April 09, 2004

Moonbabies "The Orange Billboard"

In order to prevent a conflict of interest from happening, I have to begin this review with a disclaimer. Even though I’ve never met core Moonbabies members Ola Frick and Carina Johansson in person, we have a mutual admiration that dates all the way back to 1998, when we first began trading homemade cassettes of our music with each other through the mail. The first full-length article I ever wrote in a ‘zine was about them. The first cassette I released on my (now defunct) label Tangerine Tapes was a collection of sixteen of my favorite Moonbabies songs. Needless to say, I have a soft spot for this Swedish duo that only an album of intolerable weakness could harden. I don’t think that Ola and Carina have such an album in them, though, for their sophomore full-length The Orange Billboard is yet another notch in a slow and steady artistic ascent. The Moonbabies had transcended their beginnings as My Bloody Valentine acolytes by the time their debut June and Novas was released, but the new album is an improvement in almost every possible aspect. The songs are stronger, the production is fuller, and the band has seamlessly integrated new influences into their already expansive sound.

First of all, this album boasts a greater employment of electronics. In songs like “Fieldtrip USA,” “Sun A.M.,” and the title track, real trap sets and programmed drums are intertwined with each other, and nearly every other song on the record boasts at least one computer-generated flourish that ensures a superb headphone listen. Many of the songs shift from quiet, pretty verses that are dominated by electronics to loud, assertive choruses boasting traditional rock instrumentation. Although nowadays it’s not that surprising to hear bands straddle the rock/techno divide, it IS a shock to hear a band that bore such a big debt to MBV (who arguably did such straddling before it became fashionable) do so in a manner that more closely recalls gentler bands like the Postal Service. The only songs that come close to the mimicry that characterized earlier Moonbabies work are “Sun A.M.” and “Slowmono.” In the former case, it’s only because of a couple of brief interjections of distorted squealing that sound more like out-of-tune horn fanfares than guitars. In the latter case, it’s because the song is actually a remake of an old Moonbabies song, the original version of which is on the Tangerine Tape I released.

Even then, “Slowmono” serves as a case in point for how far the Moonbabies have come beyond mere MBV mimicry. The first half of the song is more keyboard-driven, and the band inserts some nice time signature changes in the breaks between verses. These changes notwithstanding, the song is still the album’s most rocking moment. It gets more intense as more layers of guitars are added, until the three-minute mark, when the tempo shifts to double-time and the amps get turned up to 11. The Orange Billboard could have benefited from one or two more songs like that, but that’s a minor quibble considering how well the band deviates from its own template on the rest of the record. 1960s pop seems to be the biggest new influence on this record. The bouncy Rhodes piano and staccato bass lines on “Crime O’ the Moon” recall the classic singles of the early Motown era, whereas other songs display more Beatlesque touches. “Over My Head” is a piano-driven ballad in the style of John Lennon’s early solo material. The ending of “Summer Kids Go,” which is a snippet of waltz music run backwards, is a total “Strawberry Fields Forever” move, and the slowly building orchestral ruckus that ends the title track is right out of Sgt. Pepper’s “A Day in the Life.”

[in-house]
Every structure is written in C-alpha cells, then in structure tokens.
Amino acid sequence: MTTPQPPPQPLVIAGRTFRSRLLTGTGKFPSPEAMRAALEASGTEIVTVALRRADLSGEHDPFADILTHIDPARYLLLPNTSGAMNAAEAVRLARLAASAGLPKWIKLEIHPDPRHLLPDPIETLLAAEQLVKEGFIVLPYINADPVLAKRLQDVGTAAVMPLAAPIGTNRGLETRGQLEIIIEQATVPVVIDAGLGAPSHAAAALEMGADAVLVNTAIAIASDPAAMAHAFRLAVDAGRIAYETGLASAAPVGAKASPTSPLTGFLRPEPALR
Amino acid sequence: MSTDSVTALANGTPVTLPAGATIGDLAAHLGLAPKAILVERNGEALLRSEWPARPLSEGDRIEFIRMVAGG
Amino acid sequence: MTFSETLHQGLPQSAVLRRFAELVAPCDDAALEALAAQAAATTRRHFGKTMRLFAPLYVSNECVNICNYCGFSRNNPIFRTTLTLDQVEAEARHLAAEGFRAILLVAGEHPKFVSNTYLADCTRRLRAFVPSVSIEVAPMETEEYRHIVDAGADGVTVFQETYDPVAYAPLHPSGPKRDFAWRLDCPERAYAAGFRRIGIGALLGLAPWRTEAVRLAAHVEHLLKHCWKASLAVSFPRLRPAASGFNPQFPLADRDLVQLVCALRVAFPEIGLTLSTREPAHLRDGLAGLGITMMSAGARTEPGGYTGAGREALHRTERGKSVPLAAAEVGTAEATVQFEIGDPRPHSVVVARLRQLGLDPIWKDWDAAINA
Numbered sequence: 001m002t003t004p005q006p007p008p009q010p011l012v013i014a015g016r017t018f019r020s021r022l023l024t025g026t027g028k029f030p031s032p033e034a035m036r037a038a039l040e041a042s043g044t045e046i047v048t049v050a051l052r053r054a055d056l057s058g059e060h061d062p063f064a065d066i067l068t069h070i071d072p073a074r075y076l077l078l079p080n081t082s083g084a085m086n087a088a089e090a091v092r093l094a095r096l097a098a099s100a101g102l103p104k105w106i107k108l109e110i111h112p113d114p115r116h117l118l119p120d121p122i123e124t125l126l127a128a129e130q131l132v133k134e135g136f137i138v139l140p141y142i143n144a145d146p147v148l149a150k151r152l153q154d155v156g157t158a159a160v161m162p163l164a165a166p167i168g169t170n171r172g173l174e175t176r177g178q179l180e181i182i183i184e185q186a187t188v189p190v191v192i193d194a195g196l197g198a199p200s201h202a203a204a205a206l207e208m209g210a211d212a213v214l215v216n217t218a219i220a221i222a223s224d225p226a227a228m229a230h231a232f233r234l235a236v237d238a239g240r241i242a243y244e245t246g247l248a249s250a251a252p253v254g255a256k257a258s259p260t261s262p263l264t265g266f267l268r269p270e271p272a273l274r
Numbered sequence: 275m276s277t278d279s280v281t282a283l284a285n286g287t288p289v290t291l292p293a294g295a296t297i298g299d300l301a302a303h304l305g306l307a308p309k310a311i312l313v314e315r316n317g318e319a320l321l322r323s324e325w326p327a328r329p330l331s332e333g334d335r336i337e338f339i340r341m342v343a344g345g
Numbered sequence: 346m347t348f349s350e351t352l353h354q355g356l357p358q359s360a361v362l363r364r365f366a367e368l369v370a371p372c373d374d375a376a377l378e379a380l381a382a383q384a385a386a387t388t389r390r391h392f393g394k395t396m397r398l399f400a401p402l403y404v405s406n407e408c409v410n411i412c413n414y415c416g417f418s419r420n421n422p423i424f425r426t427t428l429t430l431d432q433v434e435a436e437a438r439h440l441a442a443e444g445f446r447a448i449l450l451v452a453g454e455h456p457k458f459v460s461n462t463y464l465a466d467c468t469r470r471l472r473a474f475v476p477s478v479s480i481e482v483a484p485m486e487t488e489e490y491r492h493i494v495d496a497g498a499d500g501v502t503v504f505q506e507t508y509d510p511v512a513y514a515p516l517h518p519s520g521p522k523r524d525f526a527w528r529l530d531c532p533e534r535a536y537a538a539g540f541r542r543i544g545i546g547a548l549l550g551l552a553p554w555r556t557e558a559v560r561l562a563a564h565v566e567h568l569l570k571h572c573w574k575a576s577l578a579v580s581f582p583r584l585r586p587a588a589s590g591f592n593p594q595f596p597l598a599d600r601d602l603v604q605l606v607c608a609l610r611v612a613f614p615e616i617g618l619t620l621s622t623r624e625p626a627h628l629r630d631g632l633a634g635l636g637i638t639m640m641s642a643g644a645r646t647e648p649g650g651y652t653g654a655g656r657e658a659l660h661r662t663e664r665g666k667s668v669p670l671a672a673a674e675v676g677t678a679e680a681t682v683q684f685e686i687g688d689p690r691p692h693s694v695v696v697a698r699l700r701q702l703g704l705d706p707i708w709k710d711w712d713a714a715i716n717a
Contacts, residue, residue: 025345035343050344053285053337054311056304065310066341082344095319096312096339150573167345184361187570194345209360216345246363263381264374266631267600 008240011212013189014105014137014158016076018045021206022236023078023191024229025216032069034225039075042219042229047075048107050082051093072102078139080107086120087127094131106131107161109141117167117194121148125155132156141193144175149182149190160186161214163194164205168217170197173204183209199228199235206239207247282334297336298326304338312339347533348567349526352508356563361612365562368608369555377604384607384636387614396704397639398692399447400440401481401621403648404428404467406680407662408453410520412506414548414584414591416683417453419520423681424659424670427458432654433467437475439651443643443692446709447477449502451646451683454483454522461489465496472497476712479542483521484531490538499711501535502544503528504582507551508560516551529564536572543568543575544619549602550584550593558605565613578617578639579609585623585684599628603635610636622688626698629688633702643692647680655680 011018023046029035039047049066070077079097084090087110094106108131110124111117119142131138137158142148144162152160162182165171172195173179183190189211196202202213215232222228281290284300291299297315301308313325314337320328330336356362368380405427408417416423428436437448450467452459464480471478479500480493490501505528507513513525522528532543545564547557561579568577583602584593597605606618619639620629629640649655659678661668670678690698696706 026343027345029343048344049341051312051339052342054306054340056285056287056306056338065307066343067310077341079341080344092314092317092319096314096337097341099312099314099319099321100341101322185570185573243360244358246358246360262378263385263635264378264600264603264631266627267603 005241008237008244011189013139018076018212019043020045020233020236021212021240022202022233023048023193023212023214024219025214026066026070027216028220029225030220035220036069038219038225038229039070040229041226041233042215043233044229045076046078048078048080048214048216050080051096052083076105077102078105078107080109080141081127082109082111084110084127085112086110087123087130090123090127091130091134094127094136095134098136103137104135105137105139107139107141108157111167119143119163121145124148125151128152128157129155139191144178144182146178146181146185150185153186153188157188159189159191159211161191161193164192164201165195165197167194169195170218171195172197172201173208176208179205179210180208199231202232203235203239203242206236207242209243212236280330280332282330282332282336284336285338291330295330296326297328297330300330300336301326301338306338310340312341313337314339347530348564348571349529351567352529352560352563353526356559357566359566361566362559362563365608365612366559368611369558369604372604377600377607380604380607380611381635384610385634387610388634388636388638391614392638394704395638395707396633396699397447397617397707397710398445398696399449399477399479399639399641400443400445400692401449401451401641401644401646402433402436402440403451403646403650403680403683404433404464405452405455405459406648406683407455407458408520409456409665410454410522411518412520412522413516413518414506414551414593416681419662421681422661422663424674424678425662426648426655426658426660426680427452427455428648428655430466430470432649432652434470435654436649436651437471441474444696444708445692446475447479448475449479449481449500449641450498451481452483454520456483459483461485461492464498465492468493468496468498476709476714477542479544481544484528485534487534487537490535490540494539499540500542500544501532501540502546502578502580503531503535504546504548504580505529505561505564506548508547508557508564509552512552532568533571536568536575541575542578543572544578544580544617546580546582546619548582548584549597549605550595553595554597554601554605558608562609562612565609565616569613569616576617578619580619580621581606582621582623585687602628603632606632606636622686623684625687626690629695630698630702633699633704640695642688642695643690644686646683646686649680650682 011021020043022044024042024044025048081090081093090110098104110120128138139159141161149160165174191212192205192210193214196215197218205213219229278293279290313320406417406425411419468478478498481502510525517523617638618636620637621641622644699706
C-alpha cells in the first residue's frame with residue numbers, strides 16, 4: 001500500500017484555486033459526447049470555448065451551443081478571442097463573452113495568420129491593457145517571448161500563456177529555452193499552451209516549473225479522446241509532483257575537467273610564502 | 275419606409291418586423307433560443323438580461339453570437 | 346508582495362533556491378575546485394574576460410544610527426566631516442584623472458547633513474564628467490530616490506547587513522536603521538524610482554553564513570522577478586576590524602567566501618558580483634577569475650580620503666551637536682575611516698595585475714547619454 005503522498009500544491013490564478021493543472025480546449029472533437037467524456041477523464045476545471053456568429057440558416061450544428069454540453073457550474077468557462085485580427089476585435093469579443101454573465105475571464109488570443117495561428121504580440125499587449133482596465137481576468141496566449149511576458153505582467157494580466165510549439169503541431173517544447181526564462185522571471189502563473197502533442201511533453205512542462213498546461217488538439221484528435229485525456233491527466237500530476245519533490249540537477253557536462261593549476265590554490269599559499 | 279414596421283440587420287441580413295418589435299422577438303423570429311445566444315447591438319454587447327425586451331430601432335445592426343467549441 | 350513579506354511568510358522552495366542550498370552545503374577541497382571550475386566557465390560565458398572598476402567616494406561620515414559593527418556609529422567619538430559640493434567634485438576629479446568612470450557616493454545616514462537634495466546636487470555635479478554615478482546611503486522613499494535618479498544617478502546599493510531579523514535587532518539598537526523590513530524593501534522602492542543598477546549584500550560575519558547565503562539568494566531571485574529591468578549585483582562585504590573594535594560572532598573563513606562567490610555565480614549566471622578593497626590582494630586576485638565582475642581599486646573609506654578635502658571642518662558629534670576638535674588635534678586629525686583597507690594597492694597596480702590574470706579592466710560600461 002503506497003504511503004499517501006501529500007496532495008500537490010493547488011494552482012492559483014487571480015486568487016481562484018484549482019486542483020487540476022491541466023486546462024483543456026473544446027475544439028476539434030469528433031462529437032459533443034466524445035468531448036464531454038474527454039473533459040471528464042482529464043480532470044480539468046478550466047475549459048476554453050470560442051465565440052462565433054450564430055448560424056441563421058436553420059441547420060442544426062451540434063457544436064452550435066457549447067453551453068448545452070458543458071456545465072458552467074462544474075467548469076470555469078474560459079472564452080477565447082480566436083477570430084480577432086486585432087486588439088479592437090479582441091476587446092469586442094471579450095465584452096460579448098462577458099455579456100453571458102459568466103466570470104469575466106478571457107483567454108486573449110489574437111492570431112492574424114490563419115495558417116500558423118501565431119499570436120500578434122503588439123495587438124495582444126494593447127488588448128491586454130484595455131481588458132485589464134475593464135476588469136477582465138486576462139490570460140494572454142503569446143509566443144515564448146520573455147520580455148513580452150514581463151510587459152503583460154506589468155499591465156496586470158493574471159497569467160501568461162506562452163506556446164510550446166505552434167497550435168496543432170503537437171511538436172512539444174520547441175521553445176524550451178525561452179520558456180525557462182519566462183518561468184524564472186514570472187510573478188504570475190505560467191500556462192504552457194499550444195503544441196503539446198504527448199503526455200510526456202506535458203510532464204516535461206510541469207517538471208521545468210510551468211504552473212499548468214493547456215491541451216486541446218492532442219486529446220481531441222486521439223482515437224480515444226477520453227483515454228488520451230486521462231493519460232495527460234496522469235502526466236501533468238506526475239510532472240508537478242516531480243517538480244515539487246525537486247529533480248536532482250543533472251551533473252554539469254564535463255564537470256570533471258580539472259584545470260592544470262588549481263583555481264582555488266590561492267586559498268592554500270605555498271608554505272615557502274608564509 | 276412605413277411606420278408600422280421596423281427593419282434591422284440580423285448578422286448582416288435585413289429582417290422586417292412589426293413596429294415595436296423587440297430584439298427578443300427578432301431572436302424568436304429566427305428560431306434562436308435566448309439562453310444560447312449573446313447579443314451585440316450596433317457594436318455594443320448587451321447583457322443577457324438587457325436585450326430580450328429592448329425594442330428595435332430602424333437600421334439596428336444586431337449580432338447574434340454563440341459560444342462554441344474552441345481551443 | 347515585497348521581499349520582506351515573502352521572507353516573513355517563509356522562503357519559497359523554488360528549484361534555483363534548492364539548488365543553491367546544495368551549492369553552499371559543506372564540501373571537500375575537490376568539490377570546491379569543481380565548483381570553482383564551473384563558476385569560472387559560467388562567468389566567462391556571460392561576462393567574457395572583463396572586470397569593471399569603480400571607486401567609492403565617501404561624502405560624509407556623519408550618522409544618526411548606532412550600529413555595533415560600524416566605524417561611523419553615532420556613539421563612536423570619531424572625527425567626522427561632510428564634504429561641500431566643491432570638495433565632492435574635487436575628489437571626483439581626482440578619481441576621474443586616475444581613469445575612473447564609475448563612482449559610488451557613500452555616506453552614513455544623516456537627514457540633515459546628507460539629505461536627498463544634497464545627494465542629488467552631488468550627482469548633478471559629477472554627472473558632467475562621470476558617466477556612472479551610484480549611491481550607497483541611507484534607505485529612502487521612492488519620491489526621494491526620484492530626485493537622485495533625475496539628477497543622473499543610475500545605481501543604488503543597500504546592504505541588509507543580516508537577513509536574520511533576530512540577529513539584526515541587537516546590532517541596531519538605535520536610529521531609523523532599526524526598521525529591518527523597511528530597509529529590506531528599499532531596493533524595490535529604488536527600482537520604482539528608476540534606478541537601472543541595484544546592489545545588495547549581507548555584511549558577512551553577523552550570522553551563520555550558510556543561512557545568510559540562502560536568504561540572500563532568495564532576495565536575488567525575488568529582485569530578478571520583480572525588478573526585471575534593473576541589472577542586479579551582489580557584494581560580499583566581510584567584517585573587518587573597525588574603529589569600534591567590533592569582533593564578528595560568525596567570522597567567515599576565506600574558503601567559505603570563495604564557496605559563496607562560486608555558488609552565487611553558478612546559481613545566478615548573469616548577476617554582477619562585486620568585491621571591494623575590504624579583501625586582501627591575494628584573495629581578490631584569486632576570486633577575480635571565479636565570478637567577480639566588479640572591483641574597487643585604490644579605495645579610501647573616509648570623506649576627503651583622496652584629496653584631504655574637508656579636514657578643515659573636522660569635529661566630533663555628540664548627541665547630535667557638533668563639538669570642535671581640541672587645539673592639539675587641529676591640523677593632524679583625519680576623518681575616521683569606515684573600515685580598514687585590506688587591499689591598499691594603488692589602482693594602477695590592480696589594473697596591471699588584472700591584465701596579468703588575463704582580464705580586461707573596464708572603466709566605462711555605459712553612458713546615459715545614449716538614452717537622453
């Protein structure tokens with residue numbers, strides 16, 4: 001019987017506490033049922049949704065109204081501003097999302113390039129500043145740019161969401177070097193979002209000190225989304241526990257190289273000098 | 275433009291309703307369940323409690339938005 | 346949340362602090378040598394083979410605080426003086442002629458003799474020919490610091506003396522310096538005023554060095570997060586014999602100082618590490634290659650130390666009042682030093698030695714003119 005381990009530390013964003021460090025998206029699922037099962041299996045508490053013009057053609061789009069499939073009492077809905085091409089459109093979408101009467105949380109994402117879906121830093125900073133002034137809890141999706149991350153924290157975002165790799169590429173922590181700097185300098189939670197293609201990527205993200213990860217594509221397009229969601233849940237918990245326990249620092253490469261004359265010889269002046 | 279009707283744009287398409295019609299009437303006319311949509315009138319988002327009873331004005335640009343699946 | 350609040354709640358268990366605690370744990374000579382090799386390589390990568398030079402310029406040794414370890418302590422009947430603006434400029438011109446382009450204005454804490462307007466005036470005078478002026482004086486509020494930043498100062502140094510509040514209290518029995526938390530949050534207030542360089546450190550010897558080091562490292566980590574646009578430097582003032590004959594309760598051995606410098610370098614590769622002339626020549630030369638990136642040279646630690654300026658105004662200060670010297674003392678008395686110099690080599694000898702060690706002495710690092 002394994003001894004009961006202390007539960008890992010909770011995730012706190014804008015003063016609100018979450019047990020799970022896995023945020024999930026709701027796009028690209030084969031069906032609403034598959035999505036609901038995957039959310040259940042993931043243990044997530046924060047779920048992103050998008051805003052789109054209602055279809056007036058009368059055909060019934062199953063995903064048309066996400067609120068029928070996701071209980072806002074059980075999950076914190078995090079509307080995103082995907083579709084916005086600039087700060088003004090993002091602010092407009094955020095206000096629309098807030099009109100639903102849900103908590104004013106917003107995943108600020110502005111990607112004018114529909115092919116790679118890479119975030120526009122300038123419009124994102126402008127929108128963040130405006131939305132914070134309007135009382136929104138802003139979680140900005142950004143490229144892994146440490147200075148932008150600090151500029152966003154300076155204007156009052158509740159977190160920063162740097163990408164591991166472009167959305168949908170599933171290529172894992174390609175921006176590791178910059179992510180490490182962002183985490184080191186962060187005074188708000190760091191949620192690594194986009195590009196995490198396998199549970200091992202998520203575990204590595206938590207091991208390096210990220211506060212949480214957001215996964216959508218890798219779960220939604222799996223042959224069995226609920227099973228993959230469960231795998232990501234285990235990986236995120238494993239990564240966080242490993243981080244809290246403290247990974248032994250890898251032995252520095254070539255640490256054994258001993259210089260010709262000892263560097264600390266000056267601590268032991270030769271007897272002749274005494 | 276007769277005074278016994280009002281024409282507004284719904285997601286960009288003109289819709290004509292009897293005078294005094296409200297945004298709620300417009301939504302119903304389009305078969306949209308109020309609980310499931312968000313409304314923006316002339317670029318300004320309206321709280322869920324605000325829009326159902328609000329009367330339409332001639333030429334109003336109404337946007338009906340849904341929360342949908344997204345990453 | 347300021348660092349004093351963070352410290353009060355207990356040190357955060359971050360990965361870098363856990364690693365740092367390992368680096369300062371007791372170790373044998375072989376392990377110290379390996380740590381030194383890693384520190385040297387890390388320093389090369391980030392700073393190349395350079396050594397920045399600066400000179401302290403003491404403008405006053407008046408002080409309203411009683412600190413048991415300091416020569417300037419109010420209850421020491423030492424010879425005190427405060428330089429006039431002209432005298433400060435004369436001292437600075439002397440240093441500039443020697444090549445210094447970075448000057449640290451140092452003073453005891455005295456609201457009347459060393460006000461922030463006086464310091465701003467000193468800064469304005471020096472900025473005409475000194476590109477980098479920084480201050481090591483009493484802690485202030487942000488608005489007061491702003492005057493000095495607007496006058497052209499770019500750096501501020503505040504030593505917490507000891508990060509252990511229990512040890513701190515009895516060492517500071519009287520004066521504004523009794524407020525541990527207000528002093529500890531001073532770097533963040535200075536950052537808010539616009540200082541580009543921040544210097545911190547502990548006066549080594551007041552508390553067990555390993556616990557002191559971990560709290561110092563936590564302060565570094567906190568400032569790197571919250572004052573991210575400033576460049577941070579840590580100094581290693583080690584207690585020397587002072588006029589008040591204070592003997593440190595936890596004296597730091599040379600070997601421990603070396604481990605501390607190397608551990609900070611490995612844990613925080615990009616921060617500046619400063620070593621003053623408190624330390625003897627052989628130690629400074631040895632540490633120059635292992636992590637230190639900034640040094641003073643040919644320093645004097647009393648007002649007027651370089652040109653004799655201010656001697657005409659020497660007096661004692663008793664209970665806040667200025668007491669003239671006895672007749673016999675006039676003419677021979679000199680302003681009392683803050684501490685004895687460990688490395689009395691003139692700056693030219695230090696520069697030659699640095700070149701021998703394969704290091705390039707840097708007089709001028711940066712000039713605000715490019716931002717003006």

Both Ola and Carina’s vocal chops have improved since the last album. Ola’s voice is more expressive and less throaty, enabling him to carry entire songs by himself (like the acoustic ballad “Summer Kids Go,” an album highlight) without needing Carina’s comparatively sweeter voice to balance him out. When Ola and Carina sing together (which, fortunately, is still quite often), the harmonies they attempt are more adventurous than they’ve ever been, and they’re pulled off flawlessly. Even though their vocals are at the front of the mix, their singing is still slurred and breathy enough to render the words occasionally incomprehensible. This might be a good thing, though. The dubious decision to print the majority of the album’s lyrics out in the CD booklet only serves to illustrate how charmingly mangled one’s lyrics can be when they’re not written in your own native tongue. Ola and Carina sing mainly about angst, nostalgia, and fatigue, but they occasionally toss off non sequiturs like “the crime o’ the moon made the six feet shoulder mom beg me to stop.” It’s the kind line that I’d expect to come out of Captain Beefheart’s mouth, and it sounds a bit jarring in the context of the Moonbabies’ sunshine-speckled pop. You’ll end up singing along anyway, though, and that’s all that matters in the grand scheme of things.

I review my friends’ music more often than most self-respecting rock critics would, but in the Moonbabies’ case, the fact that I know them doesn’t stop me from recommending their music with a clear conscience. After all, they’re just that good! The Orange Billboard is an album that will play tricks on your ears and leave a song or two (or eleven) in your heart. As worthy as this record is, though, I still think that Ola’s and Carina’s best work remains ahead of them.

---Sean Padilla

Label website: http://www.parasol.com
Artist Website: http://www.moonbabies.nl

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